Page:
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Karina Jones is a real-life ranch wife in the Nebraska Sandhills, former Field Director for R-CalfUSA and one of the most highly sought-after speakers in the cattle industry nationwide!
Hello everyone in farm and ranch country. We have some very big reports from the USDA in the last 30 days that put the domestic livestock industry under a microscope as a strong downward trend continues and leaves some asking, “what’s next?”
The USDA annual sheep and goat inventory report only comes out once a year, in January. I can’t say anyone in sheep country is too surprised at the news of this year’s report. Imports of lamb and goat meat have all but replaced our domestic inventory leaving sheep producers especially frustrated and asking Congress in 2023 for trade protection.
All sheep and lambs inventory in the United States on January 1, 2024 totaled 5.03 million head, down 2 percent from 2023. Breeding sheep inventory at 3.67 million head on January 1, 2024, decreased 2 percent from 3.74 million head the previous year. Last years lamb crop of 3.03 million head was down 2 percent from 2022.
All goats and kids inventory in the United States on January 1, 2024 totaled 2.47 million head, down 2 percent from 2023. Breeding goat inventory totaled 2.03 million head, down 2 percent from 2023. Market goats and kids totaled 438,700 head, down 4 percent from a year ago. Kid crop for 2023 totaled 1.52 million head for all goats, down 2 percent from 2022.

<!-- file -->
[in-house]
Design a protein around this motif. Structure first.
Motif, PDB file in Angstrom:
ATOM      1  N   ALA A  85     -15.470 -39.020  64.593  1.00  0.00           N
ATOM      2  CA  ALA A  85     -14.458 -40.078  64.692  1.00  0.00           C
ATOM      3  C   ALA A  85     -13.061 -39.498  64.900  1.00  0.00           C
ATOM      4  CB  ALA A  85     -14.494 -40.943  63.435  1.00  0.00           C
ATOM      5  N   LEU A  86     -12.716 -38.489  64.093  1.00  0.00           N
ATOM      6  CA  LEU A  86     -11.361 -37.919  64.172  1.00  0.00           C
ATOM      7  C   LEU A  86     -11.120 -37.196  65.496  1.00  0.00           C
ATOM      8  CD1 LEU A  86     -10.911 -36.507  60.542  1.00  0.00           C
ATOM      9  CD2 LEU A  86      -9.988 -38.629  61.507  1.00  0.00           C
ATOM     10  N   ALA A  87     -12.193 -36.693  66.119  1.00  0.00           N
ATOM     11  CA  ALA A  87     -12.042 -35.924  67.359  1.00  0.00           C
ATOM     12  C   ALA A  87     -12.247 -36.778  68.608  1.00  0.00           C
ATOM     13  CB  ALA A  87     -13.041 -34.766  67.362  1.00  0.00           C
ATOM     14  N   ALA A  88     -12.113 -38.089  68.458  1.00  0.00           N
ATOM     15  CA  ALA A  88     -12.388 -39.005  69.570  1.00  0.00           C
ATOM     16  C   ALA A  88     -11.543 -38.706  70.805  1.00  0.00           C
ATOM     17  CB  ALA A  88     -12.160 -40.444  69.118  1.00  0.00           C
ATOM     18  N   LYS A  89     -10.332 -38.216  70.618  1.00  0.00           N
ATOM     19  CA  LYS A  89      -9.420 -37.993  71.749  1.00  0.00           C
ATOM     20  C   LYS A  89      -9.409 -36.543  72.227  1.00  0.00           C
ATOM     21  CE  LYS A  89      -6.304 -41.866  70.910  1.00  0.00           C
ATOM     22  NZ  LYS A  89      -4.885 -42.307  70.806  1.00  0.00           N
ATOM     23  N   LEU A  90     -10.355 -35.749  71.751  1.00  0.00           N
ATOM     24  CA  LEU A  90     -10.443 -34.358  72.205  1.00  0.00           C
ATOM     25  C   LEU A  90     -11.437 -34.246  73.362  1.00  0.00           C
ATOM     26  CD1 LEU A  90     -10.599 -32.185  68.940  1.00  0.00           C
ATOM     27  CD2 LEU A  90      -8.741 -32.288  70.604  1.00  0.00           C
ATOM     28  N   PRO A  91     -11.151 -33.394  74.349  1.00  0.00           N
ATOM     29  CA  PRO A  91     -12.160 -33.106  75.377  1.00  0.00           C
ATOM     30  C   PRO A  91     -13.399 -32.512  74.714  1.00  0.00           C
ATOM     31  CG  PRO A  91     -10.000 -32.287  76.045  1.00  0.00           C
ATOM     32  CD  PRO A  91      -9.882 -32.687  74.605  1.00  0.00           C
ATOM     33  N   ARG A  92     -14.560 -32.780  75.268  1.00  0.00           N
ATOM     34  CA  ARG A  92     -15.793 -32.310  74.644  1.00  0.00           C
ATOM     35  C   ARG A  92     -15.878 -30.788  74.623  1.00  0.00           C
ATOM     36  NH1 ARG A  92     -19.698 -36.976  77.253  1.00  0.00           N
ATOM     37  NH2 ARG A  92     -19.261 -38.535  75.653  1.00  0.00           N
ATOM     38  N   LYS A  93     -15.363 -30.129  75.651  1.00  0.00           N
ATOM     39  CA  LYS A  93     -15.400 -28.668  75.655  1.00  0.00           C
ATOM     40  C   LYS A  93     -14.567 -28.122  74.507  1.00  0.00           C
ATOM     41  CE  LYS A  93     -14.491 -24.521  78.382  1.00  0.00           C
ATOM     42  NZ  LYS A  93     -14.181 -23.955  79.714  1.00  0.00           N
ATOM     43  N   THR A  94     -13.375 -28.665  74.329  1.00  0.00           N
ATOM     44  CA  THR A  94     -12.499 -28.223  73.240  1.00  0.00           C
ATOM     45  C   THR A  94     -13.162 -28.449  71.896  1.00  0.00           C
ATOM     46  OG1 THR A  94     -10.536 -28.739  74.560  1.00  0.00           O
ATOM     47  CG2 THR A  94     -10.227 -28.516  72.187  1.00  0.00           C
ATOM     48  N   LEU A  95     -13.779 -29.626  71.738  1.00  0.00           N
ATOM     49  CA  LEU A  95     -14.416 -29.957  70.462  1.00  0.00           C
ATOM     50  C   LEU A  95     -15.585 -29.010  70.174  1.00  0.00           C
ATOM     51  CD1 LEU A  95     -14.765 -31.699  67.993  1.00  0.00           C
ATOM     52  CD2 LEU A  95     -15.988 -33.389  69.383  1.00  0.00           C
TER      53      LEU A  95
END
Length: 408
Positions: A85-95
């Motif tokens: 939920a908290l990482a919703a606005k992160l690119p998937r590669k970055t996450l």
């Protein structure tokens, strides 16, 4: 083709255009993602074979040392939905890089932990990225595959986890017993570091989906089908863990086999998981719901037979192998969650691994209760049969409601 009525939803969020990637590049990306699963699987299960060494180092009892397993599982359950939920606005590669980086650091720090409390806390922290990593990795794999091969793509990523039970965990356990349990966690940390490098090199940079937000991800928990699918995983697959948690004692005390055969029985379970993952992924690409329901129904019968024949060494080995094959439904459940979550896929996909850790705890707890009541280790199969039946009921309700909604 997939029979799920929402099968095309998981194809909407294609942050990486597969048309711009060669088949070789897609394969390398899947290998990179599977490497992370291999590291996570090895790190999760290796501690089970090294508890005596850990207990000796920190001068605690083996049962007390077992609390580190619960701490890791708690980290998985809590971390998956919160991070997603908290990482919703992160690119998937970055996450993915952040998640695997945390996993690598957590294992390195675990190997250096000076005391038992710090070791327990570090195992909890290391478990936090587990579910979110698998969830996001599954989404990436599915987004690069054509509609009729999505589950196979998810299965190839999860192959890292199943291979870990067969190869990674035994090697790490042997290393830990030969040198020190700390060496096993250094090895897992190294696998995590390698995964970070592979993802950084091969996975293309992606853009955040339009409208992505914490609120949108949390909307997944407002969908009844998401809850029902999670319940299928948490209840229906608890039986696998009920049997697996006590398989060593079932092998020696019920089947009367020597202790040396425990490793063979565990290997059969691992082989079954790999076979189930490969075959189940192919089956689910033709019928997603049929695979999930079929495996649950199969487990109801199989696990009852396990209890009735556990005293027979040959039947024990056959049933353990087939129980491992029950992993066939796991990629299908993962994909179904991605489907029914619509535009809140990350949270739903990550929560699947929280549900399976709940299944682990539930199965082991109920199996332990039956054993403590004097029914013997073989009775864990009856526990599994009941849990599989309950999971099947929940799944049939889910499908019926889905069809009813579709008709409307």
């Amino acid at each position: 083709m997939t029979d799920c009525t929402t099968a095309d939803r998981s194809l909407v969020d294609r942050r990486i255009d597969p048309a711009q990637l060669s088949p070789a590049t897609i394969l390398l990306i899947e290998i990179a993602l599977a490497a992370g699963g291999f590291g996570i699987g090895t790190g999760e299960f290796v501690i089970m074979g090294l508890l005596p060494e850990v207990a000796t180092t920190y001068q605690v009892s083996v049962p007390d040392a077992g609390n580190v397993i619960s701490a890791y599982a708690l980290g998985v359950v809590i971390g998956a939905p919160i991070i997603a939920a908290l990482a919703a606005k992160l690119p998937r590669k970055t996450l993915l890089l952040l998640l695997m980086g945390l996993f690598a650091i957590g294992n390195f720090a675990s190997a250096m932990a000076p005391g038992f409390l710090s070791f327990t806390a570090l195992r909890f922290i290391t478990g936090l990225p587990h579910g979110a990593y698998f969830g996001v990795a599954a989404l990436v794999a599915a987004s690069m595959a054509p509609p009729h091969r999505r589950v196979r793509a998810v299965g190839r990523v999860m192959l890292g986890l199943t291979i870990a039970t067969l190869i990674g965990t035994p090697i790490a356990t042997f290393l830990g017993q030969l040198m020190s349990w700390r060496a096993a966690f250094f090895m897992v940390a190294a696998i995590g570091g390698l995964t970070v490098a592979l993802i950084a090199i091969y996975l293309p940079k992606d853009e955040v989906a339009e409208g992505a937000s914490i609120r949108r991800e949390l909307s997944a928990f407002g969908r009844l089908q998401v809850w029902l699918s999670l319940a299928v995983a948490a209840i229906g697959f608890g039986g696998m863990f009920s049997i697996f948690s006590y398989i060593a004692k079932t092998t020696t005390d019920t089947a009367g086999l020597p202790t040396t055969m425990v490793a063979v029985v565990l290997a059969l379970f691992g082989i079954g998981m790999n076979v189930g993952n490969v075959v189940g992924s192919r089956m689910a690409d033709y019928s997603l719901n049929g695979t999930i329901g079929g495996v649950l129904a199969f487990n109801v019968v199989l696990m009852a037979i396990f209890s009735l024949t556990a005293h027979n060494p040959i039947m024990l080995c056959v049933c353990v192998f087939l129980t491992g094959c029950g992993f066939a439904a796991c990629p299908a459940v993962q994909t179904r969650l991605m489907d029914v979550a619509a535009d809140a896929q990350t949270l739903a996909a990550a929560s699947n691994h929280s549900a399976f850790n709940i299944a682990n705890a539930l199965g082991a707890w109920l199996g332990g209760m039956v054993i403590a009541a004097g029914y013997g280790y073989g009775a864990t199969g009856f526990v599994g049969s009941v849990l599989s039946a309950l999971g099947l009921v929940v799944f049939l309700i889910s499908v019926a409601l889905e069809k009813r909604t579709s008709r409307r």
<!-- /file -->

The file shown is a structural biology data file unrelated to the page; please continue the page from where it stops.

The sheep and goat industry is in good company, if you can call it that. Maybe we should just say, they have company. The bi-annual cattle inventory report comes out in January and July. The news of the continued contraction of the US cattle industry is hot off the press.
First, an inventory of 87.2 million is the smallest cattle inventory number going back to 1951. Of that Beef cows, at 28.2 million head, were down 2% from a year ago. Beef replacement heifers, at 4.86 million head, were down 1% from a year ago.
The 2023 calf crop, at 33.593 million, is the smallest calf crop on record. Calf inventory under 500 pounds, at 13.284 million (97%), was smaller than expected. Beef replacement heifers, at 99% (4.858 million) was smaller than expected.
There is no heifer retention or desire to rebuild the herd insight. The most predictable theory to pin it on is shifting drought areas. But I think there are more characters in the story. An aging producer population doesn’t have many excited about calving heifers. A backlog of debt on the books has many operations looking to clean up the liability side of the balance sheet while market conditions are offering some favors. Increasing imports of live cattle, beef, lamb, and mutton has all livestock industries having to compete in our domestic market against cheaper produced foreign products with no trade protection from our own country. And something that I feel is not talked about near but a true villain among the cast of characters is these interest rates. While interest rates have stabilized recently, they don’t seem to be coming down. Expansion in any operation has been stifled by the cost of being able to do it.
There will be a lot to watch and keep rural America on her toes in 2024!
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Karina ranches with her husband, Marty, and 4 children near Broken Bow, NE. She grew up in western NE, with roots also in southwest SD. The cattle industry and raising kids is her passion.
Tune in Fridays on The Hot Barn Report, where she deep dives into cattle industry issues and highlights industry reforms or listen to Ranch Raised with Karina Jones a slice of daily life on the Jones Ranch.